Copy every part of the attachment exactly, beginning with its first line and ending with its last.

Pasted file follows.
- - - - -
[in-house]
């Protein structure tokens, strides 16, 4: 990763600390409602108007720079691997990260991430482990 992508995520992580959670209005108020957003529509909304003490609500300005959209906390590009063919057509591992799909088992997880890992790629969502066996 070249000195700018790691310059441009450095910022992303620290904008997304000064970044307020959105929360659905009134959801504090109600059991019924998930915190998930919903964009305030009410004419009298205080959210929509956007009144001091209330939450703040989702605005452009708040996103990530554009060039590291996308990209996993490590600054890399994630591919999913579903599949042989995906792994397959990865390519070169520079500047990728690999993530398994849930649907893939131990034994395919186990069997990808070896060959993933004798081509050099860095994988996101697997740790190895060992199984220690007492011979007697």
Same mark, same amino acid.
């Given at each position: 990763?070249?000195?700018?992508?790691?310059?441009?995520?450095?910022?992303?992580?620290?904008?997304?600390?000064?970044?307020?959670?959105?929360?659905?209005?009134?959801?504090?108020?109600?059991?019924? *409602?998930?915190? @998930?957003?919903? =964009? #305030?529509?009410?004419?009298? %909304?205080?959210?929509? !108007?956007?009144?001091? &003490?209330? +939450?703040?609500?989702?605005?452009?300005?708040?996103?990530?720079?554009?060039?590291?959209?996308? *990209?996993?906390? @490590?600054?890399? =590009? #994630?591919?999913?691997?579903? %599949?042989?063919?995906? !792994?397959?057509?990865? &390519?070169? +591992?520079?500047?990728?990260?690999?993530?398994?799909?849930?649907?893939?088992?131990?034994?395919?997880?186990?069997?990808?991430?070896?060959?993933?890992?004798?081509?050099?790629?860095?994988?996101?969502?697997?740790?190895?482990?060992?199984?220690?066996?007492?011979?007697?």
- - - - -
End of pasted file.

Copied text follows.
[in-house]
């Protein structure tokens, strides 16, 4: 990763600390409602108007720079691997990260991430482990 992508995520992580959670209005108020957003529509909304003490609500300005959209906390590009063919057509591992799909088992997880890992790629969502066996 070249000195700018790691310059441009450095910022992303620290904008997304000064970044307020959105929360659905009134959801504090109600059991019924998930915190998930919903964009305030009410004419009298205080959210929509956007009144001091209330939450703040989702605005452009708040996103990530554009060039590291996308990209996993490590600054890399994630591919999913579903599949042989995906792994397959990865390519070169520079500047990728690999993530398994849930649907893939131990034994395919186990069997990808070896060959993933004798081509050099860095994988996101697997740790190895060992199984220690007492011979007697």
Same mark, same amino acid.
């Given at each position: 990763?070249?000195?700018?992508?790691?310059?441009?995520?450095?910022?992303?992580?620290?904008?997304?600390?000064?970044?307020?959670?959105?929360?659905?209005?009134?959801?504090?108020?109600?059991?019924? *409602?998930?915190? @998930?957003?919903? =964009? #305030?529509?009410?004419?009298? %909304?205080?959210?929509? !108007?956007?009144?001091? &003490?209330? +939450?703040?609500?989702?605005?452009?300005?708040?996103?990530?720079?554009?060039?590291?959209?996308? *990209?996993?906390? @490590?600054?890399? =590009? #994630?591919?999913?691997?579903? %599949?042989?063919?995906? !792994?397959?057509?990865? &390519?070169? +591992?520079?500047?990728?990260?690999?993530?398994?799909?849930?649907?893939?088992?131990?034994?395919?997880?186990?069997?990808?991430?070896?060959?993933?890992?004798?081509?050099?790629?860095?994988?996101?969502?697997?740790?190895?482990?060992?199984?220690?066996?007492?011979?007697?």